A CNBC reporter since 1990, Bob Pisani has covered Wall Street and the stock market for nearly 20 years. Pisani covered the real estate market for CNBC from 1990-1995, then moved on to cover corporate management issues before becoming Stocks Correspondent in 1997.
In addition to covering the global stock market, he also covers initial public offerings (IPOs), exchange-traded funds (ETFs) and financial market structure for CNBC.
In 2013, he won Third Place in the National Headliner Awards in the Business and Consumer Reporting category for his documentary on the diamond business, "The Diamond Rush."
In 2014, Pisani was honored with a Recognition Award from the Market Technicians Association for "steadfast efforts to integrate technical analysis into financial decision making, journalism and reporting."
Prior to joining CNBC, Pisani co-authored "Investing in Land: How to Be a Successful Developer." He and his father taught a course in real estate development at the Wharton School of Business at the University of Pennsylvania from 1987-1992. Pisani learned the real estate business from his father, Ralph Pisani, a retired real estate developer.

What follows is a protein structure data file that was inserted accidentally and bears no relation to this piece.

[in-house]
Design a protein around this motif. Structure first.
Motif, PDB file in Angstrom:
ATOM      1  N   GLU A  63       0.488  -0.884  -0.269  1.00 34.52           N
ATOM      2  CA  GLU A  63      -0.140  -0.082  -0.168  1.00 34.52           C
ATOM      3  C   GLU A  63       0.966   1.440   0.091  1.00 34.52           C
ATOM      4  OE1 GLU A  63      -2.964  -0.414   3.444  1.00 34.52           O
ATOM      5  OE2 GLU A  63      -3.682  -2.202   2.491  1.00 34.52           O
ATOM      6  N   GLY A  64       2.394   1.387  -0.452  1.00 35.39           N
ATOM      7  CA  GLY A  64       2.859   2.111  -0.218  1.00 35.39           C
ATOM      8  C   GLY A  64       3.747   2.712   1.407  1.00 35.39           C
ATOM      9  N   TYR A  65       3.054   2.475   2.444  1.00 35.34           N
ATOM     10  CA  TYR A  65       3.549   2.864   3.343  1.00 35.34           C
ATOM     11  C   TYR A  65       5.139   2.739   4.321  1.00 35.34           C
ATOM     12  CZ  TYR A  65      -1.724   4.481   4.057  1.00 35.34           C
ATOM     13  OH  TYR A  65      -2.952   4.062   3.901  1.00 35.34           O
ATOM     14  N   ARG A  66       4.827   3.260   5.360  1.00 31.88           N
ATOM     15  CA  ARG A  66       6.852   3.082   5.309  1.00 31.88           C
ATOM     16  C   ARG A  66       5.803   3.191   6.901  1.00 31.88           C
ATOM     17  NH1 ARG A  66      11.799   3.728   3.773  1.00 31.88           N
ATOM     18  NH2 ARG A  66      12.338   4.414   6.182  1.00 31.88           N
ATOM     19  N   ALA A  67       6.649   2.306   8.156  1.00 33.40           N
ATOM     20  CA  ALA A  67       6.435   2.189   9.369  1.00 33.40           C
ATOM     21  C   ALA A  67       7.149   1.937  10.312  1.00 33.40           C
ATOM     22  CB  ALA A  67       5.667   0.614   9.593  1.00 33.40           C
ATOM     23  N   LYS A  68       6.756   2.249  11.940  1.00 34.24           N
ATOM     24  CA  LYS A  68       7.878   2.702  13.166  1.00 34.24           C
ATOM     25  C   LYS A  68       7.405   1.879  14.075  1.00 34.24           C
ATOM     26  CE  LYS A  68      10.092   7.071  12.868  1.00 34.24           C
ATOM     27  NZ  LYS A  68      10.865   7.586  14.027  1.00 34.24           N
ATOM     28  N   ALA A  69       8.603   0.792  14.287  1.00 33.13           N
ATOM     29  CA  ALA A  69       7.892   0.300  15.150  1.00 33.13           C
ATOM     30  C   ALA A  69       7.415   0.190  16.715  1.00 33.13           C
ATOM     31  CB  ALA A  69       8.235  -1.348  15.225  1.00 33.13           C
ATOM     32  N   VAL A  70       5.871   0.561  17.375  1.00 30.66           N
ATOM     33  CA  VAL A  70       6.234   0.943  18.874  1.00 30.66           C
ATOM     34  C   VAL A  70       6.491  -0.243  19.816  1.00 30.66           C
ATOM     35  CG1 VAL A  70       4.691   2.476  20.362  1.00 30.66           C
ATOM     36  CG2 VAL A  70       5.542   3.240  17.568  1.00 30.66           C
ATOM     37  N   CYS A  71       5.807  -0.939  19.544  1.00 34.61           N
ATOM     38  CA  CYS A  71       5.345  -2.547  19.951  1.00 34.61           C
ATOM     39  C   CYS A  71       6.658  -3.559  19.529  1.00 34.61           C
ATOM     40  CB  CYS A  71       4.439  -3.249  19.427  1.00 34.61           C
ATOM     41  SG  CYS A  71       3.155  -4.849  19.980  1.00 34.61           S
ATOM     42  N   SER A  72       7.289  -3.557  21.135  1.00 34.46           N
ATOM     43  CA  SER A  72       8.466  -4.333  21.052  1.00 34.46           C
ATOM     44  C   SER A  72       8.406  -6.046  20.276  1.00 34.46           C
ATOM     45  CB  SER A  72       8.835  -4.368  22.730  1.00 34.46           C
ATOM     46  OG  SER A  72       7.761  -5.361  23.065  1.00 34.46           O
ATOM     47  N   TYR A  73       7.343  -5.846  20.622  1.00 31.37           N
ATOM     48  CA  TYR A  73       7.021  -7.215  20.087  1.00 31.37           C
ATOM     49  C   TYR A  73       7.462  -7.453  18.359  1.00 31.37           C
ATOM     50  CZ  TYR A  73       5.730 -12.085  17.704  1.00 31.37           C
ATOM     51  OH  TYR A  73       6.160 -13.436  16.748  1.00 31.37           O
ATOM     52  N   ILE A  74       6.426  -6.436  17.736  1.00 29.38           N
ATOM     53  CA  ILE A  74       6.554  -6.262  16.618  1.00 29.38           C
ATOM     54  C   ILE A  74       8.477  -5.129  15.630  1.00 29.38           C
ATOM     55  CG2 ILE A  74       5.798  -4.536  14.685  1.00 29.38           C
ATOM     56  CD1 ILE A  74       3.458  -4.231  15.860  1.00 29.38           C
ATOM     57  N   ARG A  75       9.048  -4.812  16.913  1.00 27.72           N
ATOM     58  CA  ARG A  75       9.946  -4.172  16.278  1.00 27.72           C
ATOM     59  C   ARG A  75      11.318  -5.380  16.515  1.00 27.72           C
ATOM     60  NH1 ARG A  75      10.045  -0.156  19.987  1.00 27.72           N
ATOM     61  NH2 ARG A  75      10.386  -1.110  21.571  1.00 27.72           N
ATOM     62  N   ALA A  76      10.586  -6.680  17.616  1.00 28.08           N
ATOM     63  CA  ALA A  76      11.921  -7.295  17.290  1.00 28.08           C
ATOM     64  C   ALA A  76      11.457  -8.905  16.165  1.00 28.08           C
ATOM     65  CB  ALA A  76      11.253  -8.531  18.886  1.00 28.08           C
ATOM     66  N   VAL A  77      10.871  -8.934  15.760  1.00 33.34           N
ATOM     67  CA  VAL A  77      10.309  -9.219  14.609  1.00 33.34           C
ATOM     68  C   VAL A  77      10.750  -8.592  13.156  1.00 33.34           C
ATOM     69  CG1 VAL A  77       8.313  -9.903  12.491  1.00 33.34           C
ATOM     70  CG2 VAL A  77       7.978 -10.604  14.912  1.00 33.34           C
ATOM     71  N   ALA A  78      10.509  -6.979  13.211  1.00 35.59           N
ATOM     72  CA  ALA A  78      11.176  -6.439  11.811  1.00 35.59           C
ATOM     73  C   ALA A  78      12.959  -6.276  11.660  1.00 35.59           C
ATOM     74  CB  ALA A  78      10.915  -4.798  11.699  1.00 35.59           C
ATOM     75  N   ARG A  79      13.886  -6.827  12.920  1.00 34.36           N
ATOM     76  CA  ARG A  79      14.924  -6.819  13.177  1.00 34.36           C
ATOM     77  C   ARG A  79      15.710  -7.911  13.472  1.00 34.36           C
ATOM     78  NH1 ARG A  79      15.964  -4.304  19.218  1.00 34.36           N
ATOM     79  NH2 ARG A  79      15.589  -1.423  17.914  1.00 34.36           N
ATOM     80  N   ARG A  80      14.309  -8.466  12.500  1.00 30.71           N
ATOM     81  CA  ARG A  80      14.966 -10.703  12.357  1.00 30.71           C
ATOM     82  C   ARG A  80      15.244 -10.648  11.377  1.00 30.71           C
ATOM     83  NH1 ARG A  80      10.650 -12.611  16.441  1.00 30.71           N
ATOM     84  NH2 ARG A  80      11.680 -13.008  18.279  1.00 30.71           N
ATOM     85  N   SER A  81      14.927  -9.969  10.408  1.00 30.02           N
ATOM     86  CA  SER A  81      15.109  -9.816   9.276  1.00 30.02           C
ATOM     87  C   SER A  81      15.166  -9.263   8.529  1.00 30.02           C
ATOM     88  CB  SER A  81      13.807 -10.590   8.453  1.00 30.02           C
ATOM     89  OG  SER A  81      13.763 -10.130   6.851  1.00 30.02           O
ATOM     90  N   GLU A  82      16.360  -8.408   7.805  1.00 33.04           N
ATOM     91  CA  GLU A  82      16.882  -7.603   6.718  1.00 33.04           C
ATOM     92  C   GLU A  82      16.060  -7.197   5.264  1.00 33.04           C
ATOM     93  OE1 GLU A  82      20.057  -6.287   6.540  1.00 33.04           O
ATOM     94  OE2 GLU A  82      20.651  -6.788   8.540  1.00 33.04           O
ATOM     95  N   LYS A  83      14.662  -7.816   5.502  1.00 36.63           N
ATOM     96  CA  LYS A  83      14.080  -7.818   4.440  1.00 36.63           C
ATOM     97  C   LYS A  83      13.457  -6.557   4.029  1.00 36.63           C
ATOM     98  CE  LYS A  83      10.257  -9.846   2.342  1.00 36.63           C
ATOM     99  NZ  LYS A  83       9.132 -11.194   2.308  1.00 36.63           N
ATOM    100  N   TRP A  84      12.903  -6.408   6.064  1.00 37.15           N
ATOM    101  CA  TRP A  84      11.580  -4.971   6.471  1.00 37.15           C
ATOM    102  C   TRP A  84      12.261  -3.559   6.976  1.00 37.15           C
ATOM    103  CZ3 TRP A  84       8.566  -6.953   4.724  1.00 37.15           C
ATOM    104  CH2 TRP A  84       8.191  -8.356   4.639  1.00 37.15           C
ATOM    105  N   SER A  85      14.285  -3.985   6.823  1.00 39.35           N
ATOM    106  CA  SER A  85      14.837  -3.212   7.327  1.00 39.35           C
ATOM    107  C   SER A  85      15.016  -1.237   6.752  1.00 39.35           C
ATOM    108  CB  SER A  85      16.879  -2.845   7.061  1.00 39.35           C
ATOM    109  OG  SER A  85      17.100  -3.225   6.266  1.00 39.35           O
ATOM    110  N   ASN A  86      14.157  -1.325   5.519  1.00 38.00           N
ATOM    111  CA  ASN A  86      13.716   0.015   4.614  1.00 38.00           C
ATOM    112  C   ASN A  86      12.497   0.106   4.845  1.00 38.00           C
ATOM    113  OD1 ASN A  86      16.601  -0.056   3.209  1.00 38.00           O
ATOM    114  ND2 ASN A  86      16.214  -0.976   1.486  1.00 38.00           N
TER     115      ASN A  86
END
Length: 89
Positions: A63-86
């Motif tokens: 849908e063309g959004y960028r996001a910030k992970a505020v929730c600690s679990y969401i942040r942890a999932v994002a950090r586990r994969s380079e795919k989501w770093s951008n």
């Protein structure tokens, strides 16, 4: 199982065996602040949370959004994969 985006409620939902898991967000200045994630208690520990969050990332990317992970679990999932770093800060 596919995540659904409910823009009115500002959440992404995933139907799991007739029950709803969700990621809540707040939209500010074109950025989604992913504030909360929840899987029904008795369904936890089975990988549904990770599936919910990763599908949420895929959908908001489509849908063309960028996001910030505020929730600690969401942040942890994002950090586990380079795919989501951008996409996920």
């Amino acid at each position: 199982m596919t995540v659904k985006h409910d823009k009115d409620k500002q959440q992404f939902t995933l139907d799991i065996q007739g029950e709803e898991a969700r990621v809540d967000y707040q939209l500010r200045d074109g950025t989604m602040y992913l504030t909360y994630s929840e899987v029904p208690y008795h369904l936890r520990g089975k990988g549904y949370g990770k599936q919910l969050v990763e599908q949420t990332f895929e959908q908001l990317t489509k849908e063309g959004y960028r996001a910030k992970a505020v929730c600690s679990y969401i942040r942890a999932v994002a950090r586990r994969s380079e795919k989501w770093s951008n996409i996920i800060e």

Follow Bob Pisani on Twitter @BobPisani.
Risk management is still no science. Is it not ironic that JP Morgan Chase announced a $2 billion hedging loss in the chief investment office, which is designed to hedge risk for the entire organization. There may be more. They re-hedged synthetic credit exposure (credit default swaps?) designed to hedge its corporate credit risk. Not a successful strategy. It isn't working.
Who's paying what to Greece and when are they paying it? I have received numerous requests to explain the payment schedule of the 172.6 billion euro Greek bailout package. That is $34.4 billion remaining from the first bailout, and $138.2 billion from the second.
Will the Troika make a scheduled 5.2 billion euro payment to Greece tomorrow (Thursday)? There are conflicting reports out about this, though it has already been scheduled to be paid. Eurozone officials have reportedly scheduled a conference call to discuss.
It's time for Europe to say to Greece: you can't have it both ways.
That didn’t take long: New Democracy, the conservative party, has already given up on forming a coalition; they have now passed the torch to Syriza (the Left coalition), which won the second largest number of votes. The chances they will form a coalition is small as well.
The market has had a bid all night. European banks in particular are now in the green. Well, that didn't take long. Yesterday, at about 5 p.m. ET, traders were predicting an ugly down day. Not happening.